Deutsche posts profit, but markets unimpressed

Deutsche Bank is profitable again thanks to earnings from debt sales and trading, resulting in Ackermann being asked to serve another three years. But markdowns continue to plague Germany's largest bank.

After reporting its first annual loss for more than 50 years in February, Deutsche Bank is back in the black, at least this quarter. Yesterday it reported a net income for the first quarter amounting to €1.2 billion ($1.5 billion), beating consensus analyst expectations of €742 million. In the same period last year, it took a net loss of €141 million.
Germany's largest bank posted net revenues of €7.2 billion for the first quarter of 2009, up 56% from €4.6 billion in the same quarter of last year. Earnings per share (EPS), on a diluted basis, were €1.92, compared to a loss of €0.27 per share for the same period last year. The bank also brought its leverage levels down to 25 times.
"In the first quarter of 2009, we saw some signs of stabilisation in the world's financial markets," said chief executive Josef Ackermann in a statement. "Compared with the extremely turbulent conditions of the final months of 2008, global markets were less volatile, and liquidity returned in some areas. Nevertheless, conditions in the wider economy remained very difficult."
Deutsche Bank's supervisory board met on Monday and unanimously decided to extend Ackermann's term as CEO for another three years. Reasons cited by the chairman of the supervisory board were Ackermann's steering of the bank through the financial crisis, the first-quarter results and leadership continuity. This means Ackermann will be at the helm of one of the world's largest financial institutions until 2013, bringing his total tenure to 13 years.

The main contributor to the return to profitability was investment banking. Corporate banking and securities recorded a pre-tax profit of €1.3 billion. Like at competitors J.P. Morgan and Goldman Sachs, the debt sales and trading businesses produced strong results with revenues up 185% from the first quarter of 2008 to €3.8 billion.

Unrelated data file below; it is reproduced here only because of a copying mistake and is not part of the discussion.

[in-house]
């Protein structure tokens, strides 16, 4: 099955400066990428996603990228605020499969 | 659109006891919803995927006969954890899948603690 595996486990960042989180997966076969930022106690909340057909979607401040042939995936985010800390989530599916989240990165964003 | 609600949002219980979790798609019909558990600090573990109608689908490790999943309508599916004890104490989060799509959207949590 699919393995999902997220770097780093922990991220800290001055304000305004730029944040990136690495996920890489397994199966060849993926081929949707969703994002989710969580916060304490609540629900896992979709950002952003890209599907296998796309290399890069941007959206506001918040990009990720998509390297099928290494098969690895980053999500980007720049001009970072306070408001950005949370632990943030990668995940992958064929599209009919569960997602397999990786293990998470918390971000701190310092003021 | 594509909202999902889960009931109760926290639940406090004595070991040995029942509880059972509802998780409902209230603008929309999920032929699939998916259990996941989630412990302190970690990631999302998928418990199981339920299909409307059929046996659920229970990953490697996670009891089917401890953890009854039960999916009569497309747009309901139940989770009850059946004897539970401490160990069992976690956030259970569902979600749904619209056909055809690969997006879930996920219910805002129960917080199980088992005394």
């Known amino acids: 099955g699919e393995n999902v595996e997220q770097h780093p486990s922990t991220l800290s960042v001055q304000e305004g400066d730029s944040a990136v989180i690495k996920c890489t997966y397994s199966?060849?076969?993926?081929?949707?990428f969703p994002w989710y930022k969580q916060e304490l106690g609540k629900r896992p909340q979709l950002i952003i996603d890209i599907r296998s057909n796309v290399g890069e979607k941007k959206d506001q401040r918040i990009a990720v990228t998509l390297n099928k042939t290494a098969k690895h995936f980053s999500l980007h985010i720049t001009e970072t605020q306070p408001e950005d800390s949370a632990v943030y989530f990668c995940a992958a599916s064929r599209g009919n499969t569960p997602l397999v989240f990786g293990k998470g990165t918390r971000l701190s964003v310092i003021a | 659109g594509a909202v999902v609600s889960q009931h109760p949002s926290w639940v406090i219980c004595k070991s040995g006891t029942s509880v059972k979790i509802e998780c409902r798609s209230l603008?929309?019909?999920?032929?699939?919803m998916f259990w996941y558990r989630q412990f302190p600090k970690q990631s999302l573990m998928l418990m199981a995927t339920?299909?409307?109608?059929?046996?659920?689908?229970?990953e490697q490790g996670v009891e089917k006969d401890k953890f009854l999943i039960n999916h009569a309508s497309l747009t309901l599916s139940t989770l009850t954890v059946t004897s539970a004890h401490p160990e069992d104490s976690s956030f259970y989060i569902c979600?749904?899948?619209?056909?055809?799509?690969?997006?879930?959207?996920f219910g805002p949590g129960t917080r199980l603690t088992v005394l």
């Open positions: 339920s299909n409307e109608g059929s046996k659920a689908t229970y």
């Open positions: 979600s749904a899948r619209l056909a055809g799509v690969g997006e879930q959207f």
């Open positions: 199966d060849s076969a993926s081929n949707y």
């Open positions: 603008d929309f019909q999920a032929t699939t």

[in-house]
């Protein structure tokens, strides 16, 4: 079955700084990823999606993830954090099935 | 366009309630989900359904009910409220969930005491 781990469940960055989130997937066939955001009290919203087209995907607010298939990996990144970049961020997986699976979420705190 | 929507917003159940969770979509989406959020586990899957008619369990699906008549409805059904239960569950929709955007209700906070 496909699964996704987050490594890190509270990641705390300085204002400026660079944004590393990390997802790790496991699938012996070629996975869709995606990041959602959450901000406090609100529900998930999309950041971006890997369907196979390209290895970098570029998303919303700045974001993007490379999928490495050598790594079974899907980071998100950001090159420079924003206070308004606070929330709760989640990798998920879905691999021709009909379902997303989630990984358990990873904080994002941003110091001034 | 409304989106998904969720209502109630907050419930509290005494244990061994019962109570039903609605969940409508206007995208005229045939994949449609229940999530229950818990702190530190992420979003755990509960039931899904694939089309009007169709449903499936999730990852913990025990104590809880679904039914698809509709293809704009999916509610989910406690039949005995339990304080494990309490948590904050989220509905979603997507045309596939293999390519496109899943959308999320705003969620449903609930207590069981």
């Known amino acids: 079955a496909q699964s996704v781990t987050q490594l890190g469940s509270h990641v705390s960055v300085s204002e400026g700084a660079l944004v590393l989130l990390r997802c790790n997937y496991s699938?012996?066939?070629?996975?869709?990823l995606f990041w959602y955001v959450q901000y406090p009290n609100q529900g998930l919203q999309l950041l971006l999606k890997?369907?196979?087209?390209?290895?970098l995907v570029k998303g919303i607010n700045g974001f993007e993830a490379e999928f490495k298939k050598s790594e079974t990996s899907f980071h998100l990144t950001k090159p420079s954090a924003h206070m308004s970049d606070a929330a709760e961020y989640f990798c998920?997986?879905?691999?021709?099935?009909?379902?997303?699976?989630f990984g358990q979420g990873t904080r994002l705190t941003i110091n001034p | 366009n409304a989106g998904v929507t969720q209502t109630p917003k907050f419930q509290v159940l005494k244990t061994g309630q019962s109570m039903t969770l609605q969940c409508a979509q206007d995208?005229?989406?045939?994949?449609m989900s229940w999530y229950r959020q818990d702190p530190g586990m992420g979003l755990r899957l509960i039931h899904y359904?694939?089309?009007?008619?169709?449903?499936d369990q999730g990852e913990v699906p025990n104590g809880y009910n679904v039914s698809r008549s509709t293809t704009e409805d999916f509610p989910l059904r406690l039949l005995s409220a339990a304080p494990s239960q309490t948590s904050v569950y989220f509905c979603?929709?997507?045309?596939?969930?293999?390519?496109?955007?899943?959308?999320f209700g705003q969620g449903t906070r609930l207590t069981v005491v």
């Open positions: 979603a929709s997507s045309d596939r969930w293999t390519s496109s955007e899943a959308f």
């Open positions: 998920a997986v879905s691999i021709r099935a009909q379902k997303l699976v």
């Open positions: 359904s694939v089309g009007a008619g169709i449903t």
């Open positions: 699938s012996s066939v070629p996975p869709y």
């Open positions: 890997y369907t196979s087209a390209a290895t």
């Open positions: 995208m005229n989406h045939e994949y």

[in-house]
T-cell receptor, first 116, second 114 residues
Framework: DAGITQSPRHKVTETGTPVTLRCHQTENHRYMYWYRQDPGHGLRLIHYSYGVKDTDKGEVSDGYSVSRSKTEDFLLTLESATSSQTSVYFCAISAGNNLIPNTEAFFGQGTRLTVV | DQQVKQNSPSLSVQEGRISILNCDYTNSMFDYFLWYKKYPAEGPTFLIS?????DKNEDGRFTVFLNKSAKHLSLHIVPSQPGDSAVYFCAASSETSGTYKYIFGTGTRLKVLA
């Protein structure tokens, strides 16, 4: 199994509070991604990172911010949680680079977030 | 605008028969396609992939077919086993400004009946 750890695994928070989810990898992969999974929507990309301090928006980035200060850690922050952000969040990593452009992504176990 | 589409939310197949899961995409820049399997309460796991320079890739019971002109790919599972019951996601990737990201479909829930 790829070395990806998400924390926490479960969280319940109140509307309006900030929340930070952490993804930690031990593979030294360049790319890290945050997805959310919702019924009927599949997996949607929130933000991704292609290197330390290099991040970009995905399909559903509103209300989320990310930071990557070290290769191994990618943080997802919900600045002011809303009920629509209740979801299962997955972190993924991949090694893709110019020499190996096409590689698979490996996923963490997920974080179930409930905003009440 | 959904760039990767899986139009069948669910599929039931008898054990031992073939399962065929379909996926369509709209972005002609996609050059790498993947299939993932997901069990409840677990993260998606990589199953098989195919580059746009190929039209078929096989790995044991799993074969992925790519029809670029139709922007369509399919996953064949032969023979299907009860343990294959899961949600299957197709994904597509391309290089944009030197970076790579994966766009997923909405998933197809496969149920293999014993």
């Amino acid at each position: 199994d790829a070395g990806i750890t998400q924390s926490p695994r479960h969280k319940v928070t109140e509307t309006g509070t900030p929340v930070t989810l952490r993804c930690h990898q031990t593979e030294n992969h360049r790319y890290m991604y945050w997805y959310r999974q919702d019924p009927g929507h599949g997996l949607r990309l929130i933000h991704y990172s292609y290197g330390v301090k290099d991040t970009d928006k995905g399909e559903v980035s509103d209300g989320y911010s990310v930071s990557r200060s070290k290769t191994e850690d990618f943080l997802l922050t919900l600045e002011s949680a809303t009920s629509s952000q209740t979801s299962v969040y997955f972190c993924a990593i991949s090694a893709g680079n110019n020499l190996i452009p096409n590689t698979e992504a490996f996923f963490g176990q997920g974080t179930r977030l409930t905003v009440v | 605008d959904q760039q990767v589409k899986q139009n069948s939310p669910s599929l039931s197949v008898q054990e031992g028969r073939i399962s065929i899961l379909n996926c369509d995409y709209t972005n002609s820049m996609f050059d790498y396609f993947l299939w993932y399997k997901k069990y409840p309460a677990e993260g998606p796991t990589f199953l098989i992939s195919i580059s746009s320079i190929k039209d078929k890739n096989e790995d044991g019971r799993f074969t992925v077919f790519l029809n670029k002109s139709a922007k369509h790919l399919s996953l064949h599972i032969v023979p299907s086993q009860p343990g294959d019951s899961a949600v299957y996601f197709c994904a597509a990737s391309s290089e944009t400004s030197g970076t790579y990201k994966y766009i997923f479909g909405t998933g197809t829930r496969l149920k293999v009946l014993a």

"The increase was driven by record revenues in interest rate and foreign exchange products and a strong performance in money market products, which all benefited from strong client flows and wider bid-offer spreads," the German bank says in a written statement announcing the results.
This raises the question of whether or not growth for Deutsche at this level is sustainable and what risks the firm is taking to yield such returns.

Ackermann attributes the increase in revenue to a focus on "flow" businesses -- such as foreign exchange, money markets and interest rate trading -- which, he says, have helped offset revenues drying up from structured products, which are suffering from liquidity issues.

In other business segments revenues failed to pick up. For the private clients and asset management division, net revenues were €1.9 billion compared to €2.5 billion in the first quarter of 2008.
And in asset and wealth management, net revenues at €515 million were half the €1 billion recorded in the same period last year. This was blamed on lower brokerage and fund management revenues due to a reduction in equity valuations.
Markdowns also remain an issue; it's just the configuration that's changed. In the first quarter, markdowns totalled €1 billion, of which €841 million was a provision against monoline insurers, €48 million was for commercial real estate, and €47 million to cover European residential mortgage backed securities. Compare this to the first quarter last year when there were €1.4 billion of markdowns, of which mortgage-backed securities accounted for €607 million and commercial real estate loans took up €441 million.

Provision for credit losses were up almost four-fold at €526 million, compared to €114 million in the first quarter of 2008. Of the €526 million, €357 million related to provisioning for the corporate and investment bank. The provision includes €218 million related to asset reclassification.

Compensation and benefits were up 1% to €3 billion over the same quarter last year, but the ratio of compensation to revenues for the quarter was 41%, down significantly from 64% in the first quarter of 2008.

Deutsche Bank's share price increased by 3.5% in Frankfurt trading on Monday, only to drop by 6.9%yesterday after the release of the results.

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